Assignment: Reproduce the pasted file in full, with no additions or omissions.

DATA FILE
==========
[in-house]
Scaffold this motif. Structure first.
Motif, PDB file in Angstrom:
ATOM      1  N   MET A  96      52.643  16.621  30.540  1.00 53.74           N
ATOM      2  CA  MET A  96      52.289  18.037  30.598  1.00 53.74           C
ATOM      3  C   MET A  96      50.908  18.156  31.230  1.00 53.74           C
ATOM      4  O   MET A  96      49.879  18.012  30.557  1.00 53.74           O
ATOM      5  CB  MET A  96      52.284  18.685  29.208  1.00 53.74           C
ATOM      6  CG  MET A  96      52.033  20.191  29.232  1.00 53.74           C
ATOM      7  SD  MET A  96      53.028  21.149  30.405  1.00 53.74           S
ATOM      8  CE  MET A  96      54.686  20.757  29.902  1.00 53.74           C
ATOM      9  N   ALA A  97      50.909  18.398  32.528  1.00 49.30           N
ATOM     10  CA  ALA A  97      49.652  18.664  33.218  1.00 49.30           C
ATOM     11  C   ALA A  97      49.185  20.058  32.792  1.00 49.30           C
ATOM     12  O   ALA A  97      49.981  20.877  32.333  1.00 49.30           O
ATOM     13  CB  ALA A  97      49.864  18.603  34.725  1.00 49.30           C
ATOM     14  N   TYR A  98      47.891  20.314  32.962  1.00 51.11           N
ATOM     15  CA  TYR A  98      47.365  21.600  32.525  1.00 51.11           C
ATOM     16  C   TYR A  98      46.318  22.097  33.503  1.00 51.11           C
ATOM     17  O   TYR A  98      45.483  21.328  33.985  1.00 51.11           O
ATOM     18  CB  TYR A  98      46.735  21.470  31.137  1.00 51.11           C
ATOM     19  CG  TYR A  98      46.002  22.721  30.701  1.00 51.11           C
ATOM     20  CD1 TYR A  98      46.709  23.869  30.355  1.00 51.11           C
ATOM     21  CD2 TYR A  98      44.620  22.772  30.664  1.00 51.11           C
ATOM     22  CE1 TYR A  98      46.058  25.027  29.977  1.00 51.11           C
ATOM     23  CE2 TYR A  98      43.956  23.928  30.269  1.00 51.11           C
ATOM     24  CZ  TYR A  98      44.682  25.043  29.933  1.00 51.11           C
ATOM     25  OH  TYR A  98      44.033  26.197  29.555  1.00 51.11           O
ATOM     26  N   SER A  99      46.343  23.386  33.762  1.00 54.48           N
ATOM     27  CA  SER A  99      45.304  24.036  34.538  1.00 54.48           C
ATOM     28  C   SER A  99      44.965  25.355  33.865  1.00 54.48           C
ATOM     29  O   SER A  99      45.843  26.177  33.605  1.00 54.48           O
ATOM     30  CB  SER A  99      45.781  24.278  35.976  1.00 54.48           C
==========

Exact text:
[in-house]
Scaffold this motif. Structure first.
Motif, PDB file in Angstrom:
ATOM      1  N   MET A  96      52.643  16.621  30.540  1.00 53.74           N
ATOM      2  CA  MET A  96      52.289  18.037  30.598  1.00 53.74           C
ATOM      3  C   MET A  96      50.908  18.156  31.230  1.00 53.74           C
ATOM      4  O   MET A  96      49.879  18.012  30.557  1.00 53.74           O
ATOM      5  CB  MET A  96      52.284  18.685  29.208  1.00 53.74           C
ATOM      6  CG  MET A  96      52.033  20.191  29.232  1.00 53.74           C
ATOM      7  SD  MET A  96      53.028  21.149  30.405  1.00 53.74           S
ATOM      8  CE  MET A  96      54.686  20.757  29.902  1.00 53.74           C
ATOM      9  N   ALA A  97      50.909  18.398  32.528  1.00 49.30           N
ATOM     10  CA  ALA A  97      49.652  18.664  33.218  1.00 49.30           C
ATOM     11  C   ALA A  97      49.185  20.058  32.792  1.00 49.30           C
ATOM     12  O   ALA A  97      49.981  20.877  32.333  1.00 49.30           O
ATOM     13  CB  ALA A  97      49.864  18.603  34.725  1.00 49.30           C
ATOM     14  N   TYR A  98      47.891  20.314  32.962  1.00 51.11           N
ATOM     15  CA  TYR A  98      47.365  21.600  32.525  1.00 51.11           C
ATOM     16  C   TYR A  98      46.318  22.097  33.503  1.00 51.11           C
ATOM     17  O   TYR A  98      45.483  21.328  33.985  1.00 51.11           O
ATOM     18  CB  TYR A  98      46.735  21.470  31.137  1.00 51.11           C
ATOM     19  CG  TYR A  98      46.002  22.721  30.701  1.00 51.11           C
ATOM     20  CD1 TYR A  98      46.709  23.869  30.355  1.00 51.11           C
ATOM     21  CD2 TYR A  98      44.620  22.772  30.664  1.00 51.11           C
ATOM     22  CE1 TYR A  98      46.058  25.027  29.977  1.00 51.11           C
ATOM     23  CE2 TYR A  98      43.956  23.928  30.269  1.00 51.11           C
ATOM     24  CZ  TYR A  98      44.682  25.043  29.933  1.00 51.11           C
ATOM     25  OH  TYR A  98      44.033  26.197  29.555  1.00 51.11           O
ATOM     26  N   SER A  99      46.343  23.386  33.762  1.00 54.48           N
ATOM     27  CA  SER A  99      45.304  24.036  34.538  1.00 54.48           C
ATOM     28  C   SER A  99      44.965  25.355  33.865  1.00 54.48           C
ATOM     29  O   SER A  99      45.843  26.177  33.605  1.00 54.48           O
ATOM     30  CB  SER A  99      45.781  24.278  35.976  1.00 54.48           C